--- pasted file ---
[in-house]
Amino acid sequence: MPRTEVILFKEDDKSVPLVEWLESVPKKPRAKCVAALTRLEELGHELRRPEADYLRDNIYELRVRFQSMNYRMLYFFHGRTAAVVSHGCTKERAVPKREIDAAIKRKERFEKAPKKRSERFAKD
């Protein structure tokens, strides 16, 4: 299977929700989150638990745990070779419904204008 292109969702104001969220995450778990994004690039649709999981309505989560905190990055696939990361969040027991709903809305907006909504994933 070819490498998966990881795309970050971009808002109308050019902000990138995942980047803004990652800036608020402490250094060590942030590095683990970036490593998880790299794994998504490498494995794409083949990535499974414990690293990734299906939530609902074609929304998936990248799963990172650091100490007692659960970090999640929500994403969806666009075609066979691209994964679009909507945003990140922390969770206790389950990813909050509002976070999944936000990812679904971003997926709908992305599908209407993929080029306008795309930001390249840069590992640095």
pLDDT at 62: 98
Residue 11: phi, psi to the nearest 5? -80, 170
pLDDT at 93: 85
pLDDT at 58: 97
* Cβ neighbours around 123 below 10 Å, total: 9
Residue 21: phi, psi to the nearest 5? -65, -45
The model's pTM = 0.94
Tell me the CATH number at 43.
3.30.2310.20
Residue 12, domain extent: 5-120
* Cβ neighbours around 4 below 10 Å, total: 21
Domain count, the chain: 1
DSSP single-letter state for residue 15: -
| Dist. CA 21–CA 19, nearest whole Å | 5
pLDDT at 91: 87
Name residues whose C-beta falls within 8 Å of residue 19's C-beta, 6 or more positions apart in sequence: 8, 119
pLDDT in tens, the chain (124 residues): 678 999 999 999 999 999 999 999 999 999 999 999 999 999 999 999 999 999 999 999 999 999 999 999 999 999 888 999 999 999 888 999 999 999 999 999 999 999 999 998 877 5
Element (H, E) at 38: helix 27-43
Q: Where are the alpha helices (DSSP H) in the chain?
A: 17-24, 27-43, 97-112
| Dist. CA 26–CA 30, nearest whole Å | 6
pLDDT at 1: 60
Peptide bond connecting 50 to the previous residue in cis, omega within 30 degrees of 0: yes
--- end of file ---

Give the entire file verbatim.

[in-house]
Amino acid sequence: MPRTEVILFKEDDKSVPLVEWLESVPKKPRAKCVAALTRLEELGHELRRPEADYLRDNIYELRVRFQSMNYRMLYFFHGRTAAVVSHGCTKERAVPKREIDAAIKRKERFEKAPKKRSERFAKD
């Protein structure tokens, strides 16, 4: 299977929700989150638990745990070779419904204008 292109969702104001969220995450778990994004690039649709999981309505989560905190990055696939990361969040027991709903809305907006909504994933 070819490498998966990881795309970050971009808002109308050019902000990138995942980047803004990652800036608020402490250094060590942030590095683990970036490593998880790299794994998504490498494995794409083949990535499974414990690293990734299906939530609902074609929304998936990248799963990172650091100490007692659960970090999640929500994403969806666009075609066979691209994964679009909507945003990140922390969770206790389950990813909050509002976070999944936000990812679904971003997926709908992305599908209407993929080029306008795309930001390249840069590992640095």
pLDDT at 62: 98
Residue 11: phi, psi to the nearest 5? -80, 170
pLDDT at 93: 85
pLDDT at 58: 97
* Cβ neighbours around 123 below 10 Å, total: 9
Residue 21: phi, psi to the nearest 5? -65, -45
The model's pTM = 0.94
Tell me the CATH number at 43.
3.30.2310.20
Residue 12, domain extent: 5-120
* Cβ neighbours around 4 below 10 Å, total: 21
Domain count, the chain: 1
DSSP single-letter state for residue 15: -
| Dist. CA 21–CA 19, nearest whole Å | 5
pLDDT at 91: 87
Name residues whose C-beta falls within 8 Å of residue 19's C-beta, 6 or more positions apart in sequence: 8, 119
pLDDT in tens, the chain (124 residues): 678 999 999 999 999 999 999 999 999 999 999 999 999 999 999 999 999 999 999 999 999 999 999 999 999 999 888 999 999 999 888 999 999 999 999 999 999 999 999 998 877 5
Element (H, E) at 38: helix 27-43
Q: Where are the alpha helices (DSSP H) in the chain?
A: 17-24, 27-43, 97-112
| Dist. CA 26–CA 30, nearest whole Å | 6
pLDDT at 1: 60
Peptide bond connecting 50 to the previous residue in cis, omega within 30 degrees of 0: yes